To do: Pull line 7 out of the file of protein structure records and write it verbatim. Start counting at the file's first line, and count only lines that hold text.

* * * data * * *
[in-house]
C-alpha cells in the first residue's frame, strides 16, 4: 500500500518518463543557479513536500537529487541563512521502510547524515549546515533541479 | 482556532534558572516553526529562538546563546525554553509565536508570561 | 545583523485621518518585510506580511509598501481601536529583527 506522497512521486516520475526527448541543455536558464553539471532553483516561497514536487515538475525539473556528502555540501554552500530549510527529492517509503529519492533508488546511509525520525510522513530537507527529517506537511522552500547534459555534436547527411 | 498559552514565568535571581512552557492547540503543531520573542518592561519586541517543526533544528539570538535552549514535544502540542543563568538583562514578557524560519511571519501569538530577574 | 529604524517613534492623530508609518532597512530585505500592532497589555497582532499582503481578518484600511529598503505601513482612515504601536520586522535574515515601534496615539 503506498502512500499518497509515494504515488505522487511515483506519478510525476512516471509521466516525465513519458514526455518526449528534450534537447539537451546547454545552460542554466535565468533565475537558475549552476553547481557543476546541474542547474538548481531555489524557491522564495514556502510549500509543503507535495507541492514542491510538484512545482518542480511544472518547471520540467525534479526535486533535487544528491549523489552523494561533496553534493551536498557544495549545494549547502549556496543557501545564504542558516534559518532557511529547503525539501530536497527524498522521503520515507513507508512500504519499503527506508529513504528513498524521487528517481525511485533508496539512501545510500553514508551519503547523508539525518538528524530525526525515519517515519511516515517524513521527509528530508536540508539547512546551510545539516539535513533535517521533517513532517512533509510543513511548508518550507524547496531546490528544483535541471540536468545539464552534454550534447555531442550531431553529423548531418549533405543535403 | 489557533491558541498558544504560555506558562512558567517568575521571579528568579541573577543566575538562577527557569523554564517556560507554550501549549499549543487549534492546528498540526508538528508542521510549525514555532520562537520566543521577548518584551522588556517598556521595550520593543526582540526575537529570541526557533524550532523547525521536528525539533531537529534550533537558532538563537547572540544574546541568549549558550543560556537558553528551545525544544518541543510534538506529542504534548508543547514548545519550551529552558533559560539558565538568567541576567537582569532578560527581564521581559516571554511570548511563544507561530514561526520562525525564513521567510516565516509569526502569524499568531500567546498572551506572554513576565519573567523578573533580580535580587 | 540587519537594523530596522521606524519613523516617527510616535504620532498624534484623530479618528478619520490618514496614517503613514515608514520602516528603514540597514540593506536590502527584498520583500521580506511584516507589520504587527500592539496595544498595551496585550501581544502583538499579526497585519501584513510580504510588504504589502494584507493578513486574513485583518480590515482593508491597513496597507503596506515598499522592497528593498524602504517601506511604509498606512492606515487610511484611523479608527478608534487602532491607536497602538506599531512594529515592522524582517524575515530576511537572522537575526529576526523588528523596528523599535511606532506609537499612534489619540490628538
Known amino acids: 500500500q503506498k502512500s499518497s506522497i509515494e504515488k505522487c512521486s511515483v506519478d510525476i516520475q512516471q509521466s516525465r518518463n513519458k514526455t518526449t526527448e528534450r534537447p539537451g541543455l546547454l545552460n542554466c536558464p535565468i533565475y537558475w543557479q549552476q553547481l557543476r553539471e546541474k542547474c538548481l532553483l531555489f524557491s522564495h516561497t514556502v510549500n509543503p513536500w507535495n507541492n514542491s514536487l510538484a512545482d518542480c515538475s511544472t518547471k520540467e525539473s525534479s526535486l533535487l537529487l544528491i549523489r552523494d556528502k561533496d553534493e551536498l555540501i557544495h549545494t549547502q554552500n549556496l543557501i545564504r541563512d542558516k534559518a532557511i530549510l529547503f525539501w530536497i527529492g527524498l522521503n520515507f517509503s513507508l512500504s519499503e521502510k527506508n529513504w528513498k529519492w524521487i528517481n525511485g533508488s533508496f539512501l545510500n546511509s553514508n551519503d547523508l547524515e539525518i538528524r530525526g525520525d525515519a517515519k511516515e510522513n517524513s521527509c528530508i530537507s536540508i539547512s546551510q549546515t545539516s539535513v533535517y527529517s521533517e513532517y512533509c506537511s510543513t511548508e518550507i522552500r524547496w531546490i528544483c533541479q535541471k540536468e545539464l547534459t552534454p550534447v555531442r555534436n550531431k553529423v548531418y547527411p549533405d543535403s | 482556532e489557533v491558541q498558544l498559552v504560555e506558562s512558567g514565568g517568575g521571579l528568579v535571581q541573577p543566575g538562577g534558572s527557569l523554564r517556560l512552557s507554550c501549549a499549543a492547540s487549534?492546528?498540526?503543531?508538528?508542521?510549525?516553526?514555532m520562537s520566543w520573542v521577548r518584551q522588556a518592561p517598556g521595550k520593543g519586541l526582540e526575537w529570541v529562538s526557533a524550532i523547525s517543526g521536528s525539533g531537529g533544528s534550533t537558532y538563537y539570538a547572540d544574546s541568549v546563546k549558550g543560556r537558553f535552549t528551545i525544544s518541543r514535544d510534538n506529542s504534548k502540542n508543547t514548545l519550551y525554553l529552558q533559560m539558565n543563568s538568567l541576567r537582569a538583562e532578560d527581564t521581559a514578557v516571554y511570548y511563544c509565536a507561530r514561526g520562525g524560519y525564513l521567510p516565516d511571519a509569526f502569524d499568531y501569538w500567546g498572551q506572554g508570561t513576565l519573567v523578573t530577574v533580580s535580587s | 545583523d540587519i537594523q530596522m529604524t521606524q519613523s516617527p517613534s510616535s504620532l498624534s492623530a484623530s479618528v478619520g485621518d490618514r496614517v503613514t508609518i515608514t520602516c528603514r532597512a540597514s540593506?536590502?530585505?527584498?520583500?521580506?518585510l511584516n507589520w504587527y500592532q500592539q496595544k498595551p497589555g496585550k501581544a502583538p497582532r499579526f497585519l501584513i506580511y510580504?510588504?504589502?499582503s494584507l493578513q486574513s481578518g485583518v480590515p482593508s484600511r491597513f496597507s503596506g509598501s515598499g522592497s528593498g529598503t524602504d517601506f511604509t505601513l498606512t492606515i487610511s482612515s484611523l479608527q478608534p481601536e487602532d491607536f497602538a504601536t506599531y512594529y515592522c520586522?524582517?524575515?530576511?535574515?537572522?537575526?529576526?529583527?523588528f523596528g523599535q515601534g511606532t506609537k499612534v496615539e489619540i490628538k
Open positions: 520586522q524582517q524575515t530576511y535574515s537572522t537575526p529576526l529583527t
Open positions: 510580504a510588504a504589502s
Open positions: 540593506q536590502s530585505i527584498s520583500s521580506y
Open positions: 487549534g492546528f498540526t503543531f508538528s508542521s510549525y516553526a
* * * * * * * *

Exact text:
Open positions: 487549534g492546528f498540526t503543531f508538528s508542521s510549525y516553526a